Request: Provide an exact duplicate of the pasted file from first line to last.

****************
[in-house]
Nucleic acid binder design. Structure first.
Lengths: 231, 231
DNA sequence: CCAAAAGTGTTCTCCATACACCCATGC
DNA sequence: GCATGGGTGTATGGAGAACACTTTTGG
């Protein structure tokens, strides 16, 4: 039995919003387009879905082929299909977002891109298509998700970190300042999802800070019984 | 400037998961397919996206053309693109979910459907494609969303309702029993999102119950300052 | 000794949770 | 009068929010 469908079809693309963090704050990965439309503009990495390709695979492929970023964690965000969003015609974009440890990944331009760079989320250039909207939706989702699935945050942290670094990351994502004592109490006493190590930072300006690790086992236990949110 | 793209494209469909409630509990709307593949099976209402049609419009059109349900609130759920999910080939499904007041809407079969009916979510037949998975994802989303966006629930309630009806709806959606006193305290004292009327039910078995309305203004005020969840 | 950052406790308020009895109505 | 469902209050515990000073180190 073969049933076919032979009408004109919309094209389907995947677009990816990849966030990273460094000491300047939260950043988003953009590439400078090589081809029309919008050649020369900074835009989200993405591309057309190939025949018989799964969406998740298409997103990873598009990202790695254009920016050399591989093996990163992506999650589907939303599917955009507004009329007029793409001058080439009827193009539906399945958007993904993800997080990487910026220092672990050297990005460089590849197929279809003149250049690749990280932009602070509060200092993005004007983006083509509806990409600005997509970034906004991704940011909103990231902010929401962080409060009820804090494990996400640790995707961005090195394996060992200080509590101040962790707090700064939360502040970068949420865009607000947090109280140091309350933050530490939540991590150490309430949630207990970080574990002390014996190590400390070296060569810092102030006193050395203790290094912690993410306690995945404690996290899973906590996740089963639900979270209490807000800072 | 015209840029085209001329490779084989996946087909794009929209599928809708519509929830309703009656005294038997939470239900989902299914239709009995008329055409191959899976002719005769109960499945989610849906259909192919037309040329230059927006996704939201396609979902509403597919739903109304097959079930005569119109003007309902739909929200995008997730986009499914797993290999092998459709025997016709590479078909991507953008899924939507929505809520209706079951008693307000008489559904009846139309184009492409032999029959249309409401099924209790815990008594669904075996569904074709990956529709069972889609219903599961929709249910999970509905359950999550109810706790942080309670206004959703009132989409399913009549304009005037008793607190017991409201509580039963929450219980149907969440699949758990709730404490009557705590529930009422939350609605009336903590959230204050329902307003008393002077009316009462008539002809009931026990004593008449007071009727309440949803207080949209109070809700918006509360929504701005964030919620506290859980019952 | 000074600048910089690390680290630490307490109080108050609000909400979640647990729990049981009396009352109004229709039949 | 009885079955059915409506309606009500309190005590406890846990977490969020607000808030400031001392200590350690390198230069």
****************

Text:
[in-house]
Nucleic acid binder design. Structure first.
Lengths: 231, 231
DNA sequence: CCAAAAGTGTTCTCCATACACCCATGC
DNA sequence: GCATGGGTGTATGGAGAACACTTTTGG
């Protein structure tokens, strides 16, 4: 039995919003387009879905082929299909977002891109298509998700970190300042999802800070019984 | 400037998961397919996206053309693109979910459907494609969303309702029993999102119950300052 | 000794949770 | 009068929010 469908079809693309963090704050990965439309503009990495390709695979492929970023964690965000969003015609974009440890990944331009760079989320250039909207939706989702699935945050942290670094990351994502004592109490006493190590930072300006690790086992236990949110 | 793209494209469909409630509990709307593949099976209402049609419009059109349900609130759920999910080939499904007041809407079969009916979510037949998975994802989303966006629930309630009806709806959606006193305290004292009327039910078995309305203004005020969840 | 950052406790308020009895109505 | 469902209050515990000073180190 073969049933076919032979009408004109919309094209389907995947677009990816990849966030990273460094000491300047939260950043988003953009590439400078090589081809029309919008050649020369900074835009989200993405591309057309190939025949018989799964969406998740298409997103990873598009990202790695254009920016050399591989093996990163992506999650589907939303599917955009507004009329007029793409001058080439009827193009539906399945958007993904993800997080990487910026220092672990050297990005460089590849197929279809003149250049690749990280932009602070509060200092993005004007983006083509509806990409600005997509970034906004991704940011909103990231902010929401962080409060009820804090494990996400640790995707961005090195394996060992200080509590101040962790707090700064939360502040970068949420865009607000947090109280140091309350933050530490939540991590150490309430949630207990970080574990002390014996190590400390070296060569810092102030006193050395203790290094912690993410306690995945404690996290899973906590996740089963639900979270209490807000800072 | 015209840029085209001329490779084989996946087909794009929209599928809708519509929830309703009656005294038997939470239900989902299914239709009995008329055409191959899976002719005769109960499945989610849906259909192919037309040329230059927006996704939201396609979902509403597919739903109304097959079930005569119109003007309902739909929200995008997730986009499914797993290999092998459709025997016709590479078909991507953008899924939507929505809520209706079951008693307000008489559904009846139309184009492409032999029959249309409401099924209790815990008594669904075996569904074709990956529709069972889609219903599961929709249910999970509905359950999550109810706790942080309670206004959703009132989409399913009549304009005037008793607190017991409201509580039963929450219980149907969440699949758990709730404490009557705590529930009422939350609605009336903590959230204050329902307003008393002077009316009462008539002809009931026990004593008449007071009727309440949803207080949209109070809700918006509360929504701005964030919620506290859980019952 | 000074600048910089690390680290630490307490109080108050609000909400979640647990729990049981009396009352109004229709039949 | 009885079955059915409506309606009500309190005590406890846990977490969020607000808030400031001392200590350690390198230069």